R DAVID1, S DUNKERTON1, J SPIES1, S J CHADBAN1,2, T YING1,2
1Royal Prince Alfred Hospital, Sydney, Australia, 2Kidney Node, Charles Perkin Centre, The University of Sydney, Sydney, Australia
Background: Osmotic demyelination syndrome (ODS) is a demyelinating disease typically seen in the central pons, often associated with a rapid correction of hyponatraemia. It presents with a varied clinical spectrum ranging from asymptomatic patients to dysarthria, dysphagia, oculomotor dysfunction, variable degrees of quadriparesis and locked-in syndrome.
Case Report: This case describes iatrogenic central pontine and extrapontine demyelination, which occurred nine days after rapid correction of hyponatraemia, in a 45-year-old man with a history of chronic alcohol misuse and malnutrition. Despite significantly abnormal clinical and radiological findings, with marked ataxia and dysphagia, we report how this patient improved dramatically with rehabilitation therapy. Indeed, he was discharged from hospital with a higher functional level than his pre-morbid status.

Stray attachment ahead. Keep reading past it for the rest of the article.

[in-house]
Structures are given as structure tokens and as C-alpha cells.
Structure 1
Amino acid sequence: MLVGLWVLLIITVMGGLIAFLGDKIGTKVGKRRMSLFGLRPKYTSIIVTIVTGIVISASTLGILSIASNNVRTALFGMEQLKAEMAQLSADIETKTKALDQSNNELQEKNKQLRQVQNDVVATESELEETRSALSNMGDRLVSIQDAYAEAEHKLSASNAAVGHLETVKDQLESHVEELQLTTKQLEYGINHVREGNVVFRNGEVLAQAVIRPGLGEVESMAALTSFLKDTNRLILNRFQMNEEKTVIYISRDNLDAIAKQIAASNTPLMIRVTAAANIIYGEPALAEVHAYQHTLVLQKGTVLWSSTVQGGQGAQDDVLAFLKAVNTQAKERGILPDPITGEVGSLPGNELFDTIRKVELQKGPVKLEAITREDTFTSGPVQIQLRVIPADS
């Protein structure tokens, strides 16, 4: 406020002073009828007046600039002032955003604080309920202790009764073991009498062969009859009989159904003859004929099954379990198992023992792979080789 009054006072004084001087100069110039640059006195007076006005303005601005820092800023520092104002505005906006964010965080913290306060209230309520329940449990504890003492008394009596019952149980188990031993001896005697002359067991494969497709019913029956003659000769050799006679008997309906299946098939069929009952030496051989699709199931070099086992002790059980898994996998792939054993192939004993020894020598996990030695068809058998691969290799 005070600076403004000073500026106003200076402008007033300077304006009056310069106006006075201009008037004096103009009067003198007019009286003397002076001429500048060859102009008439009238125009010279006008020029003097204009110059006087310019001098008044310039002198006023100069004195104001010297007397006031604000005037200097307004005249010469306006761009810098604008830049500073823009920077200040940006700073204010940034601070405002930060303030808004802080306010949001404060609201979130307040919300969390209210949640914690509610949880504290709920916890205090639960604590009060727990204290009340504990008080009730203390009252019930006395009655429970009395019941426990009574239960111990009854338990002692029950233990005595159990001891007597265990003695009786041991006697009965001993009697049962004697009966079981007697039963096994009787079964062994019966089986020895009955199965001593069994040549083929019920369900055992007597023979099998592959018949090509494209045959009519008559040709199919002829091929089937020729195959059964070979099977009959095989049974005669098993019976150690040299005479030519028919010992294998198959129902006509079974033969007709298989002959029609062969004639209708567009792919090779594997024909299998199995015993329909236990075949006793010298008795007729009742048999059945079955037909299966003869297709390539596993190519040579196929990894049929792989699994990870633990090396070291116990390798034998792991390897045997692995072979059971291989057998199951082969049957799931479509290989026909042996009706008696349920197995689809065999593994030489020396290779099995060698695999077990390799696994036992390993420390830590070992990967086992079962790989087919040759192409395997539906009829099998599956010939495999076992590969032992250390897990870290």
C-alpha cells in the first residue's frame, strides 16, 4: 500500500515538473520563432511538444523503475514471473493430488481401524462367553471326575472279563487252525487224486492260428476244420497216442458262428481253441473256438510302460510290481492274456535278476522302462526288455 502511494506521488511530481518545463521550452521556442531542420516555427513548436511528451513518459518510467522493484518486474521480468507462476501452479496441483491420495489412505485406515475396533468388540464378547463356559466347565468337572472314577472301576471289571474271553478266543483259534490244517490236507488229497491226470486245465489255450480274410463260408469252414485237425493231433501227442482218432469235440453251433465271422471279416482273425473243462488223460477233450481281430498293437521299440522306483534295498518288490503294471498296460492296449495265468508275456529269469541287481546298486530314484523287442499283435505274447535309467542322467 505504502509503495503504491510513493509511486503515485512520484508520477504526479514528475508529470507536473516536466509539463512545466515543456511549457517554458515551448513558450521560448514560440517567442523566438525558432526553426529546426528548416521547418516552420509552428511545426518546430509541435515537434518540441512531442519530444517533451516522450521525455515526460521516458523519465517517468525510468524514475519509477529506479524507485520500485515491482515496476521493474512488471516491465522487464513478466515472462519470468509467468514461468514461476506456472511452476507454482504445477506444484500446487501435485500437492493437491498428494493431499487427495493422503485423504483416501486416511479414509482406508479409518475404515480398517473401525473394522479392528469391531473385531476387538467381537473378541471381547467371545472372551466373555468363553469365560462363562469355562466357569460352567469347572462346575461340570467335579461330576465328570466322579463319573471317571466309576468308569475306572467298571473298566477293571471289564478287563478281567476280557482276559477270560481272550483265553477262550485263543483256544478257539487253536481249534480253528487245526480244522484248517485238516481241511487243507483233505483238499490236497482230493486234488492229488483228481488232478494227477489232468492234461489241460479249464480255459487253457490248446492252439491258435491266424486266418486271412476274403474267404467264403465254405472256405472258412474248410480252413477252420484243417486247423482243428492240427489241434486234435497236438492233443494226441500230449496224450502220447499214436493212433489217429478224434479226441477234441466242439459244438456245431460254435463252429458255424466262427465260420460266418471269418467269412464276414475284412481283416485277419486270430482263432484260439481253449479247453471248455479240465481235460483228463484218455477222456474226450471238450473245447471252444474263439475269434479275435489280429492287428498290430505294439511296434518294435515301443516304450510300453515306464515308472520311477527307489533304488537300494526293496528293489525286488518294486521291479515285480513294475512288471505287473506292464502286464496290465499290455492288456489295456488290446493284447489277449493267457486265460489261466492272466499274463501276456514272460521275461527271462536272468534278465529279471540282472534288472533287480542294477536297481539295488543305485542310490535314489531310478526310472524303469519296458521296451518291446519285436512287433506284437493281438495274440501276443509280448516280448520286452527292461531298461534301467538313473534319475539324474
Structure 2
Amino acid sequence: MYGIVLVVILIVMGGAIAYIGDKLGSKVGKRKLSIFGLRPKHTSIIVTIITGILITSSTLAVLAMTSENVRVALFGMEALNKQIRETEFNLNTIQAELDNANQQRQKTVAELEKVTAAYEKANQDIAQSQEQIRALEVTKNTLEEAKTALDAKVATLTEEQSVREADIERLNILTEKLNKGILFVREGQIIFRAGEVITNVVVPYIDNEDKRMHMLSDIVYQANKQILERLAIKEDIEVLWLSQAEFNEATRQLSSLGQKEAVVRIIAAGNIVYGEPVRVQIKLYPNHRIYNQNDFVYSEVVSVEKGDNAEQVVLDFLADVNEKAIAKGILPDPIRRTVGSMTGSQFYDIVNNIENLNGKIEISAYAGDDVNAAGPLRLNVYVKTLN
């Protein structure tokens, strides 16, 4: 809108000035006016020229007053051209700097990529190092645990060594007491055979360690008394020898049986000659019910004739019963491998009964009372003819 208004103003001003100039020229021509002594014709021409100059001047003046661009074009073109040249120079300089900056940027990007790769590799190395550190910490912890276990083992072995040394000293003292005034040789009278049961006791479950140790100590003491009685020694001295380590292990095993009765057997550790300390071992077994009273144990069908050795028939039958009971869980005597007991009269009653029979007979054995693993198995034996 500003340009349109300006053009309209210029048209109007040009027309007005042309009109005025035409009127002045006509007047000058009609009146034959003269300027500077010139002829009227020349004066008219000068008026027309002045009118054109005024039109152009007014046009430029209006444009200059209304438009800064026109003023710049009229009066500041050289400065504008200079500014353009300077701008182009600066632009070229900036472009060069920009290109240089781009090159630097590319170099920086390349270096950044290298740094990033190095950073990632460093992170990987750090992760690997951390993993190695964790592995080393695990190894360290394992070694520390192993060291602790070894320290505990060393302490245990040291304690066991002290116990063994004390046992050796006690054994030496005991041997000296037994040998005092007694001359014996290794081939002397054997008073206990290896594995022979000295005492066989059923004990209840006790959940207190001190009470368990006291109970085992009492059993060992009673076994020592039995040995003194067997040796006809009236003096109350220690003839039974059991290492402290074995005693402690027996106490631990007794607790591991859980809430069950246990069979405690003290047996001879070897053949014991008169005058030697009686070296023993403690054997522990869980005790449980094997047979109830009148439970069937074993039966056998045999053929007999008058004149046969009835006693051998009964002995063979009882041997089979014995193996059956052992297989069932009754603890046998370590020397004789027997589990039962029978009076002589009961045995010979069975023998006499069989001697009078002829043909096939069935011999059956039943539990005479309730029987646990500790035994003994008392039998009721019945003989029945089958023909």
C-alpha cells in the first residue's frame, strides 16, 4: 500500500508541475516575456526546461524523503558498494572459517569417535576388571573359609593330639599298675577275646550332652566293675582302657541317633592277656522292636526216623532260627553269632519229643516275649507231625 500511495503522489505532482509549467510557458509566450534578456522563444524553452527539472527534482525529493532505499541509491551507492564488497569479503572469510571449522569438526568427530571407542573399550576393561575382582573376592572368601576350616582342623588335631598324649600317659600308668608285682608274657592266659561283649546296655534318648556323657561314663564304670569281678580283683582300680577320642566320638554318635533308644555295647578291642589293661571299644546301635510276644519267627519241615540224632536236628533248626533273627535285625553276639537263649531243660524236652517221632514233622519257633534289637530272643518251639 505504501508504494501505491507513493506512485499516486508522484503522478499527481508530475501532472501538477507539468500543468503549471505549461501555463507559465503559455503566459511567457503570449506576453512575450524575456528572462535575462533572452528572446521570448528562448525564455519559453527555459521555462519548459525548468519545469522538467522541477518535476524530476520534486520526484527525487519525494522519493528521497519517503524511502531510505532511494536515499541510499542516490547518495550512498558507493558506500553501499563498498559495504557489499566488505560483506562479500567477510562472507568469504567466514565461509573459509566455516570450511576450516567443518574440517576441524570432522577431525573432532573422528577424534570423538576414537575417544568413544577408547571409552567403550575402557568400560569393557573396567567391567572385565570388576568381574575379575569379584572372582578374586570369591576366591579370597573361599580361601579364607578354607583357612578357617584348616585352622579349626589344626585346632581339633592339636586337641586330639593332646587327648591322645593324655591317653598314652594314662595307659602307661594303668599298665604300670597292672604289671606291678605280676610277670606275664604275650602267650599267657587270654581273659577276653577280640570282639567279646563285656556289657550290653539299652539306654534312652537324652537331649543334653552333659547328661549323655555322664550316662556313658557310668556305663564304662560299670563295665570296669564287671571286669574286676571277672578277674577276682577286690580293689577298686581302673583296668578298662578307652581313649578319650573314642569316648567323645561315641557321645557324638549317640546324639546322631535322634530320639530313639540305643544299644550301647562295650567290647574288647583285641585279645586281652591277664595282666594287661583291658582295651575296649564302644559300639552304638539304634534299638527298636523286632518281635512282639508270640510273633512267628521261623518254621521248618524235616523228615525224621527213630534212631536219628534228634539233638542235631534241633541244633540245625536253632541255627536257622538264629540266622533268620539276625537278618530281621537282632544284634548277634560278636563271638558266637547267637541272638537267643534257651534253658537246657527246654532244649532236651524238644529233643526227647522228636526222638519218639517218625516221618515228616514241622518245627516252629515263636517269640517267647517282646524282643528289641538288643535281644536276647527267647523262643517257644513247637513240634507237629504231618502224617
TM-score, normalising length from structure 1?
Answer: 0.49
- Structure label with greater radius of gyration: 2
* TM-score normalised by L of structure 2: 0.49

Conclusions: ODS is well recognised in the literature, and with improved protocols for the treatment of hyponatraemia the pathology is now unusual. It is variable in its manifestations, thus without neurology involvement and MRI the diagnosis can be protracted or missed. The description of this case functions as a reminder of the seriousness of ODS as an entity, highlighting the importance of prevention, and that in established cases favourable outcomes can be achieved with rehabilitation therapy.
Advanced Trainee in Nephrology